The particular materials, shape, and dimensions of the shock absorbing and tensioning member 36 can be chosen to give the shoes 10 the desired shock absorbency and lace tensioning characteristics. However, the shock absorbing and tensioning member 30 will be more flexible and elastic than the material of the upper 14, and will thus adapt the upper to the wearer's foot.
The drawings and the foregoing description are not intended to represent the only form of the invention in regard to the details of its construction an manner of operation. In fact, it will be evident to one skilled in the art that modifications and variations may be made without departing from the spirit and scope of the invention. Changes in form and in the proportion of parts, as well as the substitution of equivalents, are contemplated as circumstances may suggest or render expedient; and although specific terms have been employed, they are intended in a generic and descriptive sense only and not for the purpose of limitation, the scope of the invention being delineated in the following claims:
|Cited Patent||Filing date||Publication date||Applicant||Title|
|US422840 *||May 16, 1889||Mar 4, 1890||Gaiter boot|
|US913012 *||May 19, 1908||Feb 23, 1909||Mary E Jackson||Fastener for shoes.|
|US1441849 *||Apr 15, 1919||Jan 9, 1923||Pauline Grayson||Spat for women's wear|
|US1497568 *||Apr 6, 1922||Jun 10, 1924||William Kelley||Shoe|
|US1712481 *||Dec 16, 1924||May 14, 1929||John R Ayers||Shoe|
|US2147197 *||Nov 25, 1936||Feb 14, 1939||Hood Rubber Co Inc||Article of footwear|
|US4870761 *||Mar 9, 1988||Oct 3, 1989||Tracy Richard J||Shoe construction and closure components thereof|
|US5271130 *||Feb 8, 1993||Dec 21, 1993||K-Swiss Inc.||Lacing system for shoes|
|US5377430 *||Sep 17, 1993||Jan 3, 1995||Nike, Inc.||Shoe with elastic closure system|
|US5497564 *||Jul 2, 1993||Mar 12, 1996||Converse Inc.||Rigid/semi-rigid plastic shoe strap construction|
|GB191008805A *||Title not available|
|Citing Patent||Filing date||Publication date||Applicant||Title|
|US5909946 *||Feb 23, 1998||Jun 8, 1999||Shimano Inc.||Snowboard boot power lacing configuration|
|US5950335 *||Jul 8, 1996||Sep 14, 1999||Shimano, Inc.||Snowboard boots|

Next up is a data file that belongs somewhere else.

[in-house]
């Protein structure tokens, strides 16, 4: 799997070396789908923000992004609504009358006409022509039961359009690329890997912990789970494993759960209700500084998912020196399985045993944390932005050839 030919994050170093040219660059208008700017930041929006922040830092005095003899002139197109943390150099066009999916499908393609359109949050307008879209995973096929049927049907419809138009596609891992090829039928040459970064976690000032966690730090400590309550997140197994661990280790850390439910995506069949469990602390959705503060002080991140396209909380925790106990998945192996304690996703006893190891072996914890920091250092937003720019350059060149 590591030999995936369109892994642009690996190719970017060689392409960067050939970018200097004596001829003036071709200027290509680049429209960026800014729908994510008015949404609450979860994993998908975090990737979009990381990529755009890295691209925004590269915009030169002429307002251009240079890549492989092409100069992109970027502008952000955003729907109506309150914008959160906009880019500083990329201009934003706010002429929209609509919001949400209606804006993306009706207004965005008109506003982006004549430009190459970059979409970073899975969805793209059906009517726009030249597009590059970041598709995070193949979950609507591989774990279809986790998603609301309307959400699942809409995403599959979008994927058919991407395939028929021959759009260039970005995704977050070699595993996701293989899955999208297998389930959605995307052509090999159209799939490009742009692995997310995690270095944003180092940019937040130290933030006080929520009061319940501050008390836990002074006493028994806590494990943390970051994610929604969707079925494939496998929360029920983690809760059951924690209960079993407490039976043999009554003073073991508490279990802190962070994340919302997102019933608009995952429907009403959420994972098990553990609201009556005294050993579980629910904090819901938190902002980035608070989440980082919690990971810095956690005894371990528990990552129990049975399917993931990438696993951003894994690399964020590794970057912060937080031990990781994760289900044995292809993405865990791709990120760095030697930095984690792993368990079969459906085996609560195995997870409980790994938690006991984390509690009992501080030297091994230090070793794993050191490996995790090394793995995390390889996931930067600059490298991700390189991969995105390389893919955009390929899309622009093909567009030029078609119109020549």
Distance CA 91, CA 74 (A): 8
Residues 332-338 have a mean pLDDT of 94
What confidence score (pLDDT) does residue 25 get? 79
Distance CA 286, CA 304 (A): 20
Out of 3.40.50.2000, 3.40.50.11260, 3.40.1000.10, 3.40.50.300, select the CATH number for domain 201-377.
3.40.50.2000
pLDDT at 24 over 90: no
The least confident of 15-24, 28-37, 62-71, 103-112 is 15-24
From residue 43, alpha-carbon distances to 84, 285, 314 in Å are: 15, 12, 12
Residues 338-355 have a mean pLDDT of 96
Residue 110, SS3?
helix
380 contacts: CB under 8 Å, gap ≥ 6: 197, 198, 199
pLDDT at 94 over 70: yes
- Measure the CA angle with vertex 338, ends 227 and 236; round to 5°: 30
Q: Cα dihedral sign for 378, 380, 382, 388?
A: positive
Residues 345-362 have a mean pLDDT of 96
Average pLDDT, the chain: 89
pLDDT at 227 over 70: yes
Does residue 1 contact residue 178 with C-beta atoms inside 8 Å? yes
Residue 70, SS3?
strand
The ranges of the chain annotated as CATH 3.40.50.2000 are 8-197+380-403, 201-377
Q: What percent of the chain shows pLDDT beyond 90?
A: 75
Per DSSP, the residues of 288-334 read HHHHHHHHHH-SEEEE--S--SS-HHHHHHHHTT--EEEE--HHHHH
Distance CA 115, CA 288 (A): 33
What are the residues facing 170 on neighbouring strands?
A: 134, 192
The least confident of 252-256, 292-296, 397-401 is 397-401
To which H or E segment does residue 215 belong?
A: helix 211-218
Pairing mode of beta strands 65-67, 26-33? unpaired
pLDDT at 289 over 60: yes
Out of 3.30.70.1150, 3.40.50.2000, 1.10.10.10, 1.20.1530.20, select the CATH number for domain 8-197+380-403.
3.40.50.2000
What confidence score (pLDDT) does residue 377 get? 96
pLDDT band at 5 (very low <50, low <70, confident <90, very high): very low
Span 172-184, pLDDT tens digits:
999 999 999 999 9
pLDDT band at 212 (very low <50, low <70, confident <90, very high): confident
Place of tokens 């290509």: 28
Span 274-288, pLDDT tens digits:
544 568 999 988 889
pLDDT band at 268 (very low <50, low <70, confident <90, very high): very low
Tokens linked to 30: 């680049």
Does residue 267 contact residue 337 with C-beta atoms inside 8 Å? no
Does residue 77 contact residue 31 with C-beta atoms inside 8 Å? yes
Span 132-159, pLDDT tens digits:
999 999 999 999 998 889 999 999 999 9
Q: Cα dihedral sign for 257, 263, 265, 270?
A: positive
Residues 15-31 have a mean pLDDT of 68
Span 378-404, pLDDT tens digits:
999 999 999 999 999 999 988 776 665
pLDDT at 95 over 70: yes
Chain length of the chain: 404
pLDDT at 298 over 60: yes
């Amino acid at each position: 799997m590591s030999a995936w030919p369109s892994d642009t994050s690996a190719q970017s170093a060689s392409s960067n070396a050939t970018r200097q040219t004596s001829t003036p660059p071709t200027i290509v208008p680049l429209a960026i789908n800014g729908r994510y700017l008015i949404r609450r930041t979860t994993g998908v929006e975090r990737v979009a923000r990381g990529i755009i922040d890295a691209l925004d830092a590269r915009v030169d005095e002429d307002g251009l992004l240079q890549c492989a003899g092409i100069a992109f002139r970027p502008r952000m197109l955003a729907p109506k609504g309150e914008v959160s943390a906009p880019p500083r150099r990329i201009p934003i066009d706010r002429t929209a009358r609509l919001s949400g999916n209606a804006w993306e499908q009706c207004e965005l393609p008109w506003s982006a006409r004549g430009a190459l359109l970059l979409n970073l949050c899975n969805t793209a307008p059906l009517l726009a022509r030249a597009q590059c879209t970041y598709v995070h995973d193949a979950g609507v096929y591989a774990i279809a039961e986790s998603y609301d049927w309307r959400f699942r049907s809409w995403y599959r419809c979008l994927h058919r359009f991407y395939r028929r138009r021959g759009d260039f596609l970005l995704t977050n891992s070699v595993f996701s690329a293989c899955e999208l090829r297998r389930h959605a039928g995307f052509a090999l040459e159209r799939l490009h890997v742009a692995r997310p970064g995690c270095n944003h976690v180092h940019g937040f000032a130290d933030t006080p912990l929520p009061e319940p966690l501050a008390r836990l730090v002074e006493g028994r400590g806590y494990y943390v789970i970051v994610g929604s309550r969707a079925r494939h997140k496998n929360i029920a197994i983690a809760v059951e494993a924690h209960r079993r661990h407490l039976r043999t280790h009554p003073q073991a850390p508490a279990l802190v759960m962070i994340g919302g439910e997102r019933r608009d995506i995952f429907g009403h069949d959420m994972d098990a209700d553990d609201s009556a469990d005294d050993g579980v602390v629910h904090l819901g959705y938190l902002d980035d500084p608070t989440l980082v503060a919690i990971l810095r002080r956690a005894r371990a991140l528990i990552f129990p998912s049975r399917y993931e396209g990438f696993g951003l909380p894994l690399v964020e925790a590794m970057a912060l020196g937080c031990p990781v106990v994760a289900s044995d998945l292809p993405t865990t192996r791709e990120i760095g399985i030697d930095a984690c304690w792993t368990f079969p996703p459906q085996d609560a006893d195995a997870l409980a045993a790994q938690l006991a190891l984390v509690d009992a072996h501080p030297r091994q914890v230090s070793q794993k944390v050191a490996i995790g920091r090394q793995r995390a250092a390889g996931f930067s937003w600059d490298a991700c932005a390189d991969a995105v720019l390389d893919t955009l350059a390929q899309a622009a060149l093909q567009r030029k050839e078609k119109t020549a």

|US6073370 *||Jul 27, 1998||Jun 13, 2000||Shimano Inc.||Snowboard boot power lacing configuration|
|US6560898 *||Oct 21, 1999||May 13, 2003||Salomon S.A.||Liner lacing with heel locking|
|US6862820 *||Feb 12, 2003||Mar 8, 2005||Salomon S.A.||Footwear article having an elastic tightening|
|US7624517||May 18, 2006||Dec 1, 2009||Nike, Inc.||Article of footwear with saddle|
|US7793436||Jun 5, 2007||Sep 14, 2010||Sink Jeffrey A||Footwear with exchangeable fastening system|
|US7823298||Apr 14, 2004||Nov 2, 2010||Asics Corporation||Athletic shoes having an upper whose fitting property is improved|
|US8578632||Jul 19, 2010||Nov 12, 2013||Nike, Inc.||Decoupled foot stabilizer system|
|US8713821||Oct 29, 2010||May 6, 2014||Asics Corporation||Athletic shoes having an upper whose fitting property is improved|
|US9210966||Sep 20, 2013||Dec 15, 2015||Nike, Inc.||Decoupled foot stabilizer system|
|US9247781 *||Jan 29, 2010||Feb 2, 2016||Asics Corporation||Shoe having lace fitting structure|
|US20030159312 *||Feb 12, 2003||Aug 28, 2003||Salomon S.A.||Footwear article having an elastic tightening|
|US20060162190 *||Apr 14, 2004||Jul 27, 2006||Tsuyoshi Nishiwaki||Sports shoes having upper part with improved fitting property|
|US20070266594 *||May 18, 2006||Nov 22, 2007||Smith Steven F||Article of Footwear with Saddle|
|US20070283594 *||Jun 5, 2007||Dec 13, 2007||Sink Jeffrey A||Footwear with exchangeable fastening system|
|US20100064547 *||May 2, 2008||Mar 18, 2010||New Balance Athletic Shoe, Inc.||Shoe having a form fitting closure structure|
|US20110041362 *||Oct 29, 2010||Feb 24, 2011||Tsuyoshi Nishiwaki||Athletic Shoes Having an Upper Whose Fitting Property is Improved|
|US20120131818 *||Jan 29, 2010||May 31, 2012||Asics Corporation||Shoe having lace fitting structure|
|US20130008053 *||Sep 14, 2012||Jan 10, 2013||Tsuyoshi Nishiwaki||Structure for front foot portion of upper of shoe|
|WO2010024876A1 *||Aug 25, 2009||Mar 4, 2010||Rosen Henri E||Girthwise adjustable laced shoe construction|
|WO2012012332A2 *||Jul 18, 2011||Jan 26, 2012||Nike International Ltd.||Decoupled foot stabilizer system|
|U.S. Classification||36/51, 36/170|
|Cooperative Classification||A43C1/04, A43C1/02|
|European Classification||A43C1/02, A43C1/04|
|Jun 1, 1995||AS||Assignment|
Owner name: K-SWISS INC., CALIFORNIA
Free format text: ASSIGNMENT OF ASSIGNORS INTEREST;ASSIGNOR:NICHOLS, STEVEN B.;REEL/FRAME:007530/0316
Effective date: 19950601
|Jun 26, 2001||REMI||Maintenance fee reminder mailed|
|Dec 3, 2001||LAPS||Lapse for failure to pay maintenance fees|
|Feb 5, 2002||FP||Expired due to failure to pay maintenance fee|
Effective date: 20011202